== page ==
World insight: does an academic start-up live up to expectations?

Charles Bailyn asks whether a new liberal arts college really does start with a blank canvas

March 24, 2016
Singapore business district

Start-ups happen in the business world all the time. They have an elaborate mythology, often associated with the biography of the most charismatic of the founders, from Henry Ford to Steve Jobs. The transformation of a founding idea into a corporate behemoth is a drama that produces best-selling pop analyses, hagiographic biographies, tell-all movies and more, all providing inspiration to the next generation of entrepreneurs.

At Yale-NUS College in Singapore we experienced it all, too: the excitement of the early days, pushing a “product” that didn’t yet exist; persuading early “investors” (eg, students, faculty and staff) to sign on; the ferocious 24/7 work patterns; the constant anxiety and moments of despair; the battles between the visionaries and those who focused on making things run effectively; and in the end the deep pride and satisfaction of creating a thriving operation that involves thousands of people, and will surely outlive all of its founders. We had everything except the stock options.

When the president of Yale University first discussed the possibility of what would eventually become Yale-NUS College, he said to me: “How would you like to reinvent the liberal arts with no constraints?” It was a very enticing notion – the idea that without the weight of tradition and already existing policies and people, one could start fresh, and do it right. 

But, looking back on the experience, what the president said to me was exaggerated. We did face constraints, not in the form of the traditions of an existing institution, but from the traditions of academic life more generally. We succeeded in doing some new things, which have become hallmarks of the new college, but there were also things we tried that didn’t quite succeed in breaking the mould, and other areas in which we didn’t even make the attempt. 

One success story was the creation of a global comprehensive common curriculum. Our students study Confucius alongside Aristotle, the Ramayana alongside Homer. Just as important, they receive comprehensive introductions to the social and natural sciences. This brings together both the faculty and the diverse student body in a common purpose, and ensures that Yale-NUS graduates, when they eventually emerge, will be familiar with a full range of cultures and disciplines. This took a lot of work, but it was well worth it.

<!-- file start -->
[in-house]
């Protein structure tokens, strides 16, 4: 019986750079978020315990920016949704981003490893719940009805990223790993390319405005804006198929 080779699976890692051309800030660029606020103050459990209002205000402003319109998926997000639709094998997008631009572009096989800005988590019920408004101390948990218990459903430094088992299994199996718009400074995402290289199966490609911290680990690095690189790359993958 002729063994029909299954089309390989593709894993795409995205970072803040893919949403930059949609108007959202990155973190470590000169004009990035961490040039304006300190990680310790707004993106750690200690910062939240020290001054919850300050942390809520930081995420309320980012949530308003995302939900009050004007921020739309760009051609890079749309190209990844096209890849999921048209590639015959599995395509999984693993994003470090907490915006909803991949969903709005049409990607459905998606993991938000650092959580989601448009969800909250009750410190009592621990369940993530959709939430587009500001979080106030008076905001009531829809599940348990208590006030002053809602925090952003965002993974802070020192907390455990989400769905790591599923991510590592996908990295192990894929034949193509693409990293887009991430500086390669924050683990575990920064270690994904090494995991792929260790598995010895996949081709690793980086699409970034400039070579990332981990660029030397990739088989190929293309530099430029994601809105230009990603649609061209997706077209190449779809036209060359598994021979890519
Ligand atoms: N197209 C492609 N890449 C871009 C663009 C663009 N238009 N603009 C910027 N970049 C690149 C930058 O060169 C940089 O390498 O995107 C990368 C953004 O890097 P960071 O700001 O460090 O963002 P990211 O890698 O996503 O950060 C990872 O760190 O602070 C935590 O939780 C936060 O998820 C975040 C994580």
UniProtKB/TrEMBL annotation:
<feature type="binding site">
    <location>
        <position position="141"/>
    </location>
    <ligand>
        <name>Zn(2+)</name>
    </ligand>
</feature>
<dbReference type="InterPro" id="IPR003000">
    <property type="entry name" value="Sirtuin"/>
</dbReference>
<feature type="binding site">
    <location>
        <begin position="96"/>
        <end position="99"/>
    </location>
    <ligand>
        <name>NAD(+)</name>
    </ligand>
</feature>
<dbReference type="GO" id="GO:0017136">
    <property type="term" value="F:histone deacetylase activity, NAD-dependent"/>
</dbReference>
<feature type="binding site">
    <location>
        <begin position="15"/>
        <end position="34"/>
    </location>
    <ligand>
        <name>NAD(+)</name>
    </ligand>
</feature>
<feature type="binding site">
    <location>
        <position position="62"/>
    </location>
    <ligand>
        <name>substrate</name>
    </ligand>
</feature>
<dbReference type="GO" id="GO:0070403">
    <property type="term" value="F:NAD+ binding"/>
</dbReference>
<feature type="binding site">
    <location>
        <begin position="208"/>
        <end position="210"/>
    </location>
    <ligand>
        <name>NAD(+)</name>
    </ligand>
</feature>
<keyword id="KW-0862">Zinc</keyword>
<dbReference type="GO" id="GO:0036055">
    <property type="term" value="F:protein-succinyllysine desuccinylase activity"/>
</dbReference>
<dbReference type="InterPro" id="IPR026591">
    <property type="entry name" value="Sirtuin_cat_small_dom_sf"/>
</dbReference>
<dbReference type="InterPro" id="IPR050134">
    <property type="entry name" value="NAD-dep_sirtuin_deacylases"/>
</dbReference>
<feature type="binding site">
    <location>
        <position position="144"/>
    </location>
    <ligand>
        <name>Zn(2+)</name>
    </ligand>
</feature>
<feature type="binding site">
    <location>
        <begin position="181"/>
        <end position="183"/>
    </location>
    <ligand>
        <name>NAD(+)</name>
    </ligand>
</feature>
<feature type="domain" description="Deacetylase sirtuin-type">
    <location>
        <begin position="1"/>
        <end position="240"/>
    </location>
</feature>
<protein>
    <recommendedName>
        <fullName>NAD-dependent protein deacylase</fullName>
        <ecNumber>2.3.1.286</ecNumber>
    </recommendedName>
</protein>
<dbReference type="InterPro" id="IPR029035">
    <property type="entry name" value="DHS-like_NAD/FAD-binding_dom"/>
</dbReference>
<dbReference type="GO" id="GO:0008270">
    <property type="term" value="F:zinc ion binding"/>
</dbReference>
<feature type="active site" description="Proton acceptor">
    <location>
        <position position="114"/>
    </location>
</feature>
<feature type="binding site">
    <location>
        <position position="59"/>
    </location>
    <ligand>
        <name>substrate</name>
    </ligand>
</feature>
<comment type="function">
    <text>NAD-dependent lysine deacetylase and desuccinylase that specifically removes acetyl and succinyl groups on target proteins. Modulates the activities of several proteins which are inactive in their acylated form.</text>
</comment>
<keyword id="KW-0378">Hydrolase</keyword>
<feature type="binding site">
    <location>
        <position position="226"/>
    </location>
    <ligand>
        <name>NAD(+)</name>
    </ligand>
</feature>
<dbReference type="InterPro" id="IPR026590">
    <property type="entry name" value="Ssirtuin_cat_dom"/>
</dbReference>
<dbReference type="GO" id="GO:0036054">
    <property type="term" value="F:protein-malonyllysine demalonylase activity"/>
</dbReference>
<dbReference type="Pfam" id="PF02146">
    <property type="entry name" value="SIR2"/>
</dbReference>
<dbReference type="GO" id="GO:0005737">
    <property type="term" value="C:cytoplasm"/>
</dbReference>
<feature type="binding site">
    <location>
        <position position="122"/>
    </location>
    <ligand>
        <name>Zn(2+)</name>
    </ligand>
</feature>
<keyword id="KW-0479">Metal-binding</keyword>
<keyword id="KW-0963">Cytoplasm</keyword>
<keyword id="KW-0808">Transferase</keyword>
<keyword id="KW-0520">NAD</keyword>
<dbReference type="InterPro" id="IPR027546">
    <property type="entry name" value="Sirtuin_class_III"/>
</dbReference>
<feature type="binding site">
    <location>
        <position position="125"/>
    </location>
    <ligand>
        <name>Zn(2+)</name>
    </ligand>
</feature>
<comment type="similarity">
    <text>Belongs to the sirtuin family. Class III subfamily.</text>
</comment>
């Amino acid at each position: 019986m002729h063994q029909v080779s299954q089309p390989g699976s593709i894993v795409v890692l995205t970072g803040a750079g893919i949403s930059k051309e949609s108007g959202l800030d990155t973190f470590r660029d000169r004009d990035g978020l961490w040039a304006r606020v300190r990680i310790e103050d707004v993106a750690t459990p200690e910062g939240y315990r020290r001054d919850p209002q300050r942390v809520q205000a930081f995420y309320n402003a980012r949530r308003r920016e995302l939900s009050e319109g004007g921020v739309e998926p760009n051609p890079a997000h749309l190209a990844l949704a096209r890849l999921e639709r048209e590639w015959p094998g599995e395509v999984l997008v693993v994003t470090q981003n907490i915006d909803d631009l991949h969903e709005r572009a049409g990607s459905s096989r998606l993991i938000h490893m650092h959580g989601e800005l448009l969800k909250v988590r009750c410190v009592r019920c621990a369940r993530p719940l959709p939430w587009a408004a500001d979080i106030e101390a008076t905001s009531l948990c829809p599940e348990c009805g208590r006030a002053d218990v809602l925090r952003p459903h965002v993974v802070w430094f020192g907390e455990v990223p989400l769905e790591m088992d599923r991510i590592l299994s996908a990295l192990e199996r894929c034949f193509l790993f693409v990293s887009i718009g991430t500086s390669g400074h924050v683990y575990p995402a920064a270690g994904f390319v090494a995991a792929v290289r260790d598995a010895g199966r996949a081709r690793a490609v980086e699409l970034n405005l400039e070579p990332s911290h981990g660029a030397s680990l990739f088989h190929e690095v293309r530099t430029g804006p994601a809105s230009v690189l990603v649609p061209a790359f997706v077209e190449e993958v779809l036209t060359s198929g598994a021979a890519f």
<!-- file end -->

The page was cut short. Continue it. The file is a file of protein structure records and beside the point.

Another successful new initiative was a focus on experiential learning and a knitting together of curricular and co- and extracurricular activities. Our leadership programmes, study abroad opportunities and career counselling services are part of a single office, the Centre for International and Professional Experience (CIPE), which all our students experience as a central part of their education. All students are assigned a CIPE counsellor as soon as they arrive on the campus, who helps them access the many opportunities for study outside the classroom, and weaves them into an intentional programme that supports and furthers their interests and ambitions. 

We also ask our students to present and describe these experiences, to prompt reflection on their part, and to bring those experiences into the lives of their classmates and teachers. From study trips during orientation and the seventh week of classes, to summer and semester study abroad, to workshops of all sorts and seminars on employment possibilities, our students construct a life of learning outside the classroom as carefully considered as the academic programme as such.